In 2018, 16% of all homeless people in Canada’s largest city identified as Indigenous. In the city of Toronto’s most recent homeless census, 15% said they had Indigenous ancestry.

In 2018, 31% of the homeless surveyed in Toronto were black. That percentage remained unchanged at 31% in this year’s street census.

White homeless people actually jumped to 41% this year from 36.6% in 2018, according to the street count.

The street census was completed on April 21 and cost $150,000, the highest amount to date of counts conducted every three years since 2006.

Despite the relatively static numbers – except for white homeless people – Toronto City Hall has dictated in its latest Homelessness Solutions Service plan to give preferential treatment to black and Indigenous homeless people, instead of helping every individual regardless of race. 

In fact, the first two priorities of the service plan – approved at an Oct. 21 committee meeting – are to “meaningfully address Indigenous homelessness” and “anti-black racism.”

Does that mean that it wasn’t meaningfully addressed in the past?

“Indigenous people are overrepresented in homelessness due to the ongoing effects of colonialism, intergenerational trauma and racism,” the service plan states, noting that the city’s shelter bureaucrats are committed to “honouring and working” within the context of the Truth and Reconciliation Commission of Canada.

That includes “Indigenous cultural learning and development for staff” and increased financial investments in Indigenous housing and homeless services.

For as long as I’ve been covering the homeless cause – some 20 years – the Indigenous have been evident on the streets of Toronto. Yet never before have city staff claimed the Indigenous population are homeless due to “colonialism.”

Actually, they’ve been in large part ignored.

In 2016, I wrote about councillor Joe Cressy holding court on Bloor St. W. while an Indigenous man lay sprawled out on the sidewalk behind him, completely ignored.

The same goes for “confronting anti-black racism.”

Even though the 2018 homeless census showed the impact of a huge influx of refugee claimants into city shelters – many from Nigeria and largely due to the illegal border crossings at Roxham Rd. – “anti-black racism” didn’t seem to be a problem then.

Nevertheless, shelter officials feel that a “distinct approach” to serve black people experiencing homelessness is now required.

It is so needed, according to the city’s bureaucrats, that an internal “anti-black racism” unit has been established within the shelter division – one that will provide “training, guidance and resources” so that there is an ongoing dialogue about “anti-black racism.”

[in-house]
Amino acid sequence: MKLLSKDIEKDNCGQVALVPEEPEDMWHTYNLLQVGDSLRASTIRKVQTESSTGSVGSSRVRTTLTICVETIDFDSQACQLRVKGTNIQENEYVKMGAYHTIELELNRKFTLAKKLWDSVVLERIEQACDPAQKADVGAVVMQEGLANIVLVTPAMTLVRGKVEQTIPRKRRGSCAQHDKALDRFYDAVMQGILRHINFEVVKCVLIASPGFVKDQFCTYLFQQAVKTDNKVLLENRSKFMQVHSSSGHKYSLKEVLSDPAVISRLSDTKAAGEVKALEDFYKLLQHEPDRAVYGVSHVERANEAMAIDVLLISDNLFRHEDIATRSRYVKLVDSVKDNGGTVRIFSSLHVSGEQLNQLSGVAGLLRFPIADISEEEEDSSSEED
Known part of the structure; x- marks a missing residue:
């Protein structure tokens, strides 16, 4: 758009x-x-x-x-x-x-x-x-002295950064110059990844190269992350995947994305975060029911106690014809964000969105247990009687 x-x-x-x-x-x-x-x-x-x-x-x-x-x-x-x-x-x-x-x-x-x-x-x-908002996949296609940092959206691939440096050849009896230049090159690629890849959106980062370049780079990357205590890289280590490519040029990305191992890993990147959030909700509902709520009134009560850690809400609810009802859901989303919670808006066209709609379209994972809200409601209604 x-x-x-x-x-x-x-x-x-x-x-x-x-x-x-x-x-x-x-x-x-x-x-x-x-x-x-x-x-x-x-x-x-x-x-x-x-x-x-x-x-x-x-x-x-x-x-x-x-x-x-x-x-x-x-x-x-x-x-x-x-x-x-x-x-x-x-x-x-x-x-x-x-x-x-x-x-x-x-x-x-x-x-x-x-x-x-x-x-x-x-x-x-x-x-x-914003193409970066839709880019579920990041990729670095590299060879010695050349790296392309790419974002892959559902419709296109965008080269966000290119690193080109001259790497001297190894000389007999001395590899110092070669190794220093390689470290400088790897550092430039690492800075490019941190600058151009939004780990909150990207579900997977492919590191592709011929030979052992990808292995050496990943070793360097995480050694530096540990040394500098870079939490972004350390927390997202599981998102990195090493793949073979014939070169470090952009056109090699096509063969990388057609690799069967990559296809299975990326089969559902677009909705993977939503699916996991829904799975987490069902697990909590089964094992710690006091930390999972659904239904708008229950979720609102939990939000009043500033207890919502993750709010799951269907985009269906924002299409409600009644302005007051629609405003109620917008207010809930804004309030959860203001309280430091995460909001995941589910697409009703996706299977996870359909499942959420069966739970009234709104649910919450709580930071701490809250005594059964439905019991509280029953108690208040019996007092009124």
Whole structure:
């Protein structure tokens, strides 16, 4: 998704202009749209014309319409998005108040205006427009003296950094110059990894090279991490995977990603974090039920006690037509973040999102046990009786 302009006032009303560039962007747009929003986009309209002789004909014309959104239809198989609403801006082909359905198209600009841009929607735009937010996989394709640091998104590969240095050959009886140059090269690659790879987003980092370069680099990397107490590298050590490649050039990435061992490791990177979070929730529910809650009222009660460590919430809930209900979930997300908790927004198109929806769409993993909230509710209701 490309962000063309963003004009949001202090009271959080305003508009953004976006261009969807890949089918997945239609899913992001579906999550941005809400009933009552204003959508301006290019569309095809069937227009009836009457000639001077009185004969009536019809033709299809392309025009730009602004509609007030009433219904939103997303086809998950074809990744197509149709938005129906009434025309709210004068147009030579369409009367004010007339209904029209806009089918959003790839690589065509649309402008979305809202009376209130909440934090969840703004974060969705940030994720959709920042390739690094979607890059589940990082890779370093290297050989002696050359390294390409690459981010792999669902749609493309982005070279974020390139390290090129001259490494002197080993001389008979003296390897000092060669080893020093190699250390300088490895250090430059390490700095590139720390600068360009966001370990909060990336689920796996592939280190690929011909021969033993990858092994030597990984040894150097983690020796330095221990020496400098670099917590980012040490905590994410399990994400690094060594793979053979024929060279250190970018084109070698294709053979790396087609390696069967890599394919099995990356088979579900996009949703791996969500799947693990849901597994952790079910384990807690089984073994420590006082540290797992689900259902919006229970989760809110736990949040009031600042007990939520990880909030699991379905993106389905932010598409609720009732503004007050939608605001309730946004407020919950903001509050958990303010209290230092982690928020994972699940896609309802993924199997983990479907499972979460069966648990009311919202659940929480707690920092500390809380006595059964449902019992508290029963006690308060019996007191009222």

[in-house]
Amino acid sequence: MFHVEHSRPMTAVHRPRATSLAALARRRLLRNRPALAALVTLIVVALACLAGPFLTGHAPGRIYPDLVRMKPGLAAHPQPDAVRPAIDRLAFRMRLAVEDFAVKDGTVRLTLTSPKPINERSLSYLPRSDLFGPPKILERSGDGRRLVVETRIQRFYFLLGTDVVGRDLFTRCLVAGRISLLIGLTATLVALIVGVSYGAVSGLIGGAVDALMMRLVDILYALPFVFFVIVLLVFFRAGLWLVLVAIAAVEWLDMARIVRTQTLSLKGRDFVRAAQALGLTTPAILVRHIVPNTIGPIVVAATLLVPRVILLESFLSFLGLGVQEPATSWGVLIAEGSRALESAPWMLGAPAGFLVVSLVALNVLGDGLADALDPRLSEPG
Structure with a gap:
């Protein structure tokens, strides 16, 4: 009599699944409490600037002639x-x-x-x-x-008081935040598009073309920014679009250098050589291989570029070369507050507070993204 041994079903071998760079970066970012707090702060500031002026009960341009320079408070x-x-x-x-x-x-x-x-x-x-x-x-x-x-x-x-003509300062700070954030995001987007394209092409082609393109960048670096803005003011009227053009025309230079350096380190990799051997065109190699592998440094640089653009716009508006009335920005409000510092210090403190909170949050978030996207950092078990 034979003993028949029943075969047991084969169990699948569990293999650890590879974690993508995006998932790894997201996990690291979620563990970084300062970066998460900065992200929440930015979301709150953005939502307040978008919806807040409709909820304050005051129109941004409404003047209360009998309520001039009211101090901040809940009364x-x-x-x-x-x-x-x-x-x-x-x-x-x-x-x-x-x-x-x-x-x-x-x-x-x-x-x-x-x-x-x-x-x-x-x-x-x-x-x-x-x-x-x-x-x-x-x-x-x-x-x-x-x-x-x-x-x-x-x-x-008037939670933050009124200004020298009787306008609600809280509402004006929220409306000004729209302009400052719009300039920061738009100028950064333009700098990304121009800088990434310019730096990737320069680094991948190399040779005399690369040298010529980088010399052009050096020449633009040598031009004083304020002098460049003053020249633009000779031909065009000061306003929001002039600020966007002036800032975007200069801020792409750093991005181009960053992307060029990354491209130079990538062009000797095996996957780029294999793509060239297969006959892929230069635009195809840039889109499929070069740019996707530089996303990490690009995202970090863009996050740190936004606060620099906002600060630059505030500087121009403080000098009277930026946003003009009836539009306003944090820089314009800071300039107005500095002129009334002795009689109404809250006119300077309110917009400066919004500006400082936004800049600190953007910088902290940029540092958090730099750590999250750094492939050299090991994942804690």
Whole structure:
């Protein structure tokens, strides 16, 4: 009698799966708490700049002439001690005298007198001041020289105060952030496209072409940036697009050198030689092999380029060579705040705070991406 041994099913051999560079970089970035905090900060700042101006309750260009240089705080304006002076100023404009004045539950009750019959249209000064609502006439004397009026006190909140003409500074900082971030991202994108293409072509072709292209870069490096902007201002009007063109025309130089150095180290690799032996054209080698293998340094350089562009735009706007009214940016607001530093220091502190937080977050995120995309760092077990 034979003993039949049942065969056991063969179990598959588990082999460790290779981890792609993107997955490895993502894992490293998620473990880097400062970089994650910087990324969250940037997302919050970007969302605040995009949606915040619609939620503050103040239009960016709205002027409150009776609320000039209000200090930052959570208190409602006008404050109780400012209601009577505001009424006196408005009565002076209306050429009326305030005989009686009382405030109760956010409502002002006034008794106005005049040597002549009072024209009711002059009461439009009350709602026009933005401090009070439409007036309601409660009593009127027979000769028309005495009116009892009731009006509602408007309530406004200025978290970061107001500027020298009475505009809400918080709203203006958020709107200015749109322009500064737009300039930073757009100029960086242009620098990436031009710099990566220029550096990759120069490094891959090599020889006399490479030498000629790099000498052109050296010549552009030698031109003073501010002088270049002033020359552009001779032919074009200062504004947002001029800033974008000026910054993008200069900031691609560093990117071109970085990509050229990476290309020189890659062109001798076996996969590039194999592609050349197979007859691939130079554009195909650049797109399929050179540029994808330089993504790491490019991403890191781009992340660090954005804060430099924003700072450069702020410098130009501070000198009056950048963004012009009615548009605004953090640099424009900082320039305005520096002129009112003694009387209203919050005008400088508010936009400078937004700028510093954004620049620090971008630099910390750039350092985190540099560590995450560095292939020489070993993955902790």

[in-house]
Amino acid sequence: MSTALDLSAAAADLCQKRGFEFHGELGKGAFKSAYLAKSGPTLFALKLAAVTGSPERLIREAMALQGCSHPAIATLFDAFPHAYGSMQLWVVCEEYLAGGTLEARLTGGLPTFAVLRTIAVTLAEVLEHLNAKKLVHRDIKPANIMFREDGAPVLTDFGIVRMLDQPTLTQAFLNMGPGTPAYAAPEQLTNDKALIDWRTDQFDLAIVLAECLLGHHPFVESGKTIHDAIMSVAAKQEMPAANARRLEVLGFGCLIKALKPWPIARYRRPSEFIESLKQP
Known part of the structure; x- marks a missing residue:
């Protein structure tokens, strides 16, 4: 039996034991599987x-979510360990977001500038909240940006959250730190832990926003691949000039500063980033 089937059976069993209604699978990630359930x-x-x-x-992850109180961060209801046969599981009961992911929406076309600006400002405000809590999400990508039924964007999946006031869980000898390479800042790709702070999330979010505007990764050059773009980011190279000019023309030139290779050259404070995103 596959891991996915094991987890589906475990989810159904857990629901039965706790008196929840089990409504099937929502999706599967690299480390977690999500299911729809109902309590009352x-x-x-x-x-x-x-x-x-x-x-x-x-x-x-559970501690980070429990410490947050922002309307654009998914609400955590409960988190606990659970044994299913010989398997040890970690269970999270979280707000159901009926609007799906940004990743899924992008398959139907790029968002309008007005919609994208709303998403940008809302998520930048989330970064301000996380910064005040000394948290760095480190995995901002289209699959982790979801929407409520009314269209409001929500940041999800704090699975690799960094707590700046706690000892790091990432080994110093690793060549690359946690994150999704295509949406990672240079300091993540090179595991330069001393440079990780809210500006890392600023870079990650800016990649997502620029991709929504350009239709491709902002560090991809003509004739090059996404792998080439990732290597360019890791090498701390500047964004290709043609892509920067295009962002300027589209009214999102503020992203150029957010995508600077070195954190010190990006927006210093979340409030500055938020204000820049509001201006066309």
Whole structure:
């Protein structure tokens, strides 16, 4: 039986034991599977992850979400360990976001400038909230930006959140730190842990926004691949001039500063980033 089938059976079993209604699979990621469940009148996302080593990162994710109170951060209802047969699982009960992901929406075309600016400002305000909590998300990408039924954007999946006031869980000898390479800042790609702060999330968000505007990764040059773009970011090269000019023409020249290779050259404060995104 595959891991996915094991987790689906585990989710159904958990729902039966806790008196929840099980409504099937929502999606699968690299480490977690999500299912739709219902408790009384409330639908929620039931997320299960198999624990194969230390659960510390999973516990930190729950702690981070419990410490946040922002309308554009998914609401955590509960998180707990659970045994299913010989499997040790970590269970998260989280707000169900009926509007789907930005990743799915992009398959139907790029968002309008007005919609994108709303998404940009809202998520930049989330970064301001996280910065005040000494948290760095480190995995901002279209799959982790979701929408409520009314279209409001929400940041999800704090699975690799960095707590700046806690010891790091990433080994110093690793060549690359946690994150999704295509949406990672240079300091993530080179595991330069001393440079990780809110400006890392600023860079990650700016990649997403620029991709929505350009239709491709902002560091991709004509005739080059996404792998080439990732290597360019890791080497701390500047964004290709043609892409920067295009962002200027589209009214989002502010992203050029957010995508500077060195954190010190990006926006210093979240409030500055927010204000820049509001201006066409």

If the city spent as much time monitoring the activities of service providers in shelters and ensuring there are consequences for shelter residents who commit crimes – as they do wringing their hands on make-work projects trying to be “woke” – the city would be far safer and the homeless industry would be pushed to deliver results.

The fact that the term “solutions” is attached to the name of the plan is extremely disingenuous.

City officials – as they have for years – claim their goal is to end chronic homelessness; yet the numbers of those who continue to find themselves without a permanent roof over their heads after six months are staggering, despite the hundreds of millions of dollars poured into homeless services each year.

In 2018, 48% of those surveyed said they were homeless for six months or more; 36% for more than a year.

In this year’s census, more than half report being without a home for upwards of six months, 65% for up to five years and a scandalous 13% for 10 years or more.

Unfortunately, the Toronto shelter system seems to be proof positive of the idiom, “if you build it they will come.”

In this case, the famous line from the Field of Dreams movie is not a good thing.

Shelters were supposed to be an emergency band-aid but this year’s census shows that the number of homeless being served in emergency shelters has jumped 57% – from 3,649 15 years ago to 5,720 this year. 

This street census, like the ones that have been done before, is supposed to frame future policies and targets to improve the system.

That should be the goal.

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